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[Exclusive] Hip-Hop, Voguing, and Heraldry Meet in Rashaad Newsome's New Video

See an exclusive clip from 'King of Arms,' part of the artist's current solo show at the SCAD Museum of Art.
July 23, 2015, 6:15pm
Screencap via

In artist Rashaad Newsome’s new video artwork, King of Arms, the artist dresses as a modern day hip-hop herald and leads a march through the streets of his native New Orleans, as Mardi Indians and dancers vogue and march to the beat. This scene perfectly embodies Newsome’s solo show at the SCAD Museum of Art.

Orders of Chivalry blendship-hop, and heraldry—the art of conferring through symbols of power, rank, and status that dates back to the 12th century—to explore the power of visual culture. "It consists of works that are part of a five-year project in which I use images from popular culture that speak to fantasy, human impulse and America’s capitalistic sensibility,” Newsome tells The Creators Project. “I admit my relationship with working with these images has been a complicated one, but rather than turn away from them, I embrace the beautiful and seductive objects that communicate the capitalist, imperialist, white supremacist, patriarchal structure we all live in.”

All Installation images courtesy of SCAD Museum of Art.

“The show is literally centered around the video "trilogy" that includes Pursuivant, Herald, and King of Arms. I use the hierarchy of officers of arms as a narrative arc in the work,” says Newsome, who was made an honorary pursuivant by the Windsor Herald, Sir William George Hunt. “In some ways, the videos are performances that act as these sort of elaborate visual cues of shifts in the work. In the middle of the room there is a cube, which viewers have to procession around to see the videos as they play consecutively. On the final wall of the cube, viewers can see objects I acquired during my journey from Pursuivant to King of Arms.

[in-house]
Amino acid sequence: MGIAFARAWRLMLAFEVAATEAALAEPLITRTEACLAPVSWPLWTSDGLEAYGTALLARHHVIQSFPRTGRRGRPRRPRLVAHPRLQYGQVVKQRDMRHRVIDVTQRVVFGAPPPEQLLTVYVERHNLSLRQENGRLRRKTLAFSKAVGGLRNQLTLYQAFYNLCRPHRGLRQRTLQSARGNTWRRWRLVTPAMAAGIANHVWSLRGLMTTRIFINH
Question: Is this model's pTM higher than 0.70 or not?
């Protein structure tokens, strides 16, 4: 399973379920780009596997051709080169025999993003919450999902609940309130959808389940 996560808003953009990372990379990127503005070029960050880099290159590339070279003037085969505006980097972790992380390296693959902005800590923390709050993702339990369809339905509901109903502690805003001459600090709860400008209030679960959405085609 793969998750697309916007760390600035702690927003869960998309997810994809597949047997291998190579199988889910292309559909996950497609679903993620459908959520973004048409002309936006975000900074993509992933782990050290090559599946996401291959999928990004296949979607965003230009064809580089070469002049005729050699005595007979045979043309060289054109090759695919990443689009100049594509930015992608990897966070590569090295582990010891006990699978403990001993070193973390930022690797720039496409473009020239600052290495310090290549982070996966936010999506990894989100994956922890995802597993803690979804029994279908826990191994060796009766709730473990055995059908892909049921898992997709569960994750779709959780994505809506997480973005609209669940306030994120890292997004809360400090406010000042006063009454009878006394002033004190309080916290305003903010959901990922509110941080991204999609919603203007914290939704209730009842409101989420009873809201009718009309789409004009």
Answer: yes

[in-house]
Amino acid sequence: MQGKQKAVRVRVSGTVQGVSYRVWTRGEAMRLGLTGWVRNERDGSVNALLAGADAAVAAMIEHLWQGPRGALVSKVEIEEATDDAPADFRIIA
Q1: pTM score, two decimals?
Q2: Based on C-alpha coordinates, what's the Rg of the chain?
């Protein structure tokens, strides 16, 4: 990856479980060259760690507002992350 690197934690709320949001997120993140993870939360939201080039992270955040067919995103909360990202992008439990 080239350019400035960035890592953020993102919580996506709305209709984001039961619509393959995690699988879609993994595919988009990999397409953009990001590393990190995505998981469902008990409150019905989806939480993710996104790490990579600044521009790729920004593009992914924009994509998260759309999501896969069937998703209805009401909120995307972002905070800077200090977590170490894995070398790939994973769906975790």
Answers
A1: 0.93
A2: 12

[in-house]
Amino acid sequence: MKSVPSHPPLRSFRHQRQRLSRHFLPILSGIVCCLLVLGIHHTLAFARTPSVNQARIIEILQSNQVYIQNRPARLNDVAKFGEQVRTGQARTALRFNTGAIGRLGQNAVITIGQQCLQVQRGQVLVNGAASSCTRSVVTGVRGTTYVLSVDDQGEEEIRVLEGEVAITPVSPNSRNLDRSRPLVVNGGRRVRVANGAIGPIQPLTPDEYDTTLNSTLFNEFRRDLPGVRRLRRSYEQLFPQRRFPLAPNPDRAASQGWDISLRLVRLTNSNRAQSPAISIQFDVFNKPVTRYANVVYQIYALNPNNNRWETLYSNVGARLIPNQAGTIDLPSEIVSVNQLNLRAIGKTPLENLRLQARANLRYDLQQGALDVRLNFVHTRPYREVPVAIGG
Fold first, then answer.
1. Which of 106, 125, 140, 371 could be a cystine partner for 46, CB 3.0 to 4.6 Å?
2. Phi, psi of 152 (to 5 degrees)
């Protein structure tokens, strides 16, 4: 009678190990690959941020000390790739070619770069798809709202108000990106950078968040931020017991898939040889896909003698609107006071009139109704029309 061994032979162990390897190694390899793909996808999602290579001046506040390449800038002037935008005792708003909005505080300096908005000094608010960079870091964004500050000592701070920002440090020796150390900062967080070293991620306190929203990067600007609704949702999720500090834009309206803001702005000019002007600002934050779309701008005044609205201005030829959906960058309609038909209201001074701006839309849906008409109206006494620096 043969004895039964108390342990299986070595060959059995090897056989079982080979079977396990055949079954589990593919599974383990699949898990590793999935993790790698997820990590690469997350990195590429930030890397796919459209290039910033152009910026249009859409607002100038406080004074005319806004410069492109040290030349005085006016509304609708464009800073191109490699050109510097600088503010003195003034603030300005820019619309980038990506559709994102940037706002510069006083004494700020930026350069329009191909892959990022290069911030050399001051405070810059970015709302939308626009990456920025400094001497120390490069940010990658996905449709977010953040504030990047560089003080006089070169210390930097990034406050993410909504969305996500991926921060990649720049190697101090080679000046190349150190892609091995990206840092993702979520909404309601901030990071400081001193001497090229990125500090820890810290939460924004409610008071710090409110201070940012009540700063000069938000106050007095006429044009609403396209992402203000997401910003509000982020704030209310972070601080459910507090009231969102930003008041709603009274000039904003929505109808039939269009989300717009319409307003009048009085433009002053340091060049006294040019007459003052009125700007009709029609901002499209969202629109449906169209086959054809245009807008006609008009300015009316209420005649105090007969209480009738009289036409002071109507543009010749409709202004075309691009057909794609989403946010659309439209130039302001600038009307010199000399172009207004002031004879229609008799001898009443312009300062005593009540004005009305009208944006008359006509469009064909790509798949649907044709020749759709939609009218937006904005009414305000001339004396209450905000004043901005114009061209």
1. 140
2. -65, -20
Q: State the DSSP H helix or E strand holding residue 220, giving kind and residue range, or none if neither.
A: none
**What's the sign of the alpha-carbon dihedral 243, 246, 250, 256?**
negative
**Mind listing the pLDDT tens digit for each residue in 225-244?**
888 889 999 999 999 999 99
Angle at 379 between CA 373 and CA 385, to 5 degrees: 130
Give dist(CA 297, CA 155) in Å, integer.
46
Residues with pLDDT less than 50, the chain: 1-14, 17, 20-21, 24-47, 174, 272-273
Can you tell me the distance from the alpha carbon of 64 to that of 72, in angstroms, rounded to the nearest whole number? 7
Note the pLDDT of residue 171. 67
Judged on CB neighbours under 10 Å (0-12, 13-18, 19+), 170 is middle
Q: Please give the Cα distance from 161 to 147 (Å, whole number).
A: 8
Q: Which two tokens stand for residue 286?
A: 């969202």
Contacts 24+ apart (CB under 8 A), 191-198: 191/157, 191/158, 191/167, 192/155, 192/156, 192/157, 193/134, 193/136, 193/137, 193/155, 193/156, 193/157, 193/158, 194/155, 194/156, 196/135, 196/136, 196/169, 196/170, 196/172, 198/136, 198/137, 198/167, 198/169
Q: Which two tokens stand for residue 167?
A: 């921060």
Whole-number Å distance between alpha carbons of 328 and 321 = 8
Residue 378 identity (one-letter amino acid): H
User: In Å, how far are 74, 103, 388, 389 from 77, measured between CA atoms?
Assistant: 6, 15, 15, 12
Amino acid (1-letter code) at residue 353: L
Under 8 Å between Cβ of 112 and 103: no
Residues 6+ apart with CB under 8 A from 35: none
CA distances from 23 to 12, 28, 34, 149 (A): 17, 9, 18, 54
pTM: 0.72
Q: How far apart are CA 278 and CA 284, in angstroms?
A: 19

The video works track the ways in which hip-hop and vogue culture represent contemporary heraldic processes that were established through bling and “vogue battles” for power within those communities. Some of the collage works use the dome of cathedrals to speak to the ways in which even architecture is a representation of status symbols.

Below, watch an exclusive clip from Newsome’s King of Arms, and see photos from the Orders of Chivalry exhibition:


Orders of Chivalry is on display through October 4, 2015 at SCAD Museum of Art. For more information, click here.


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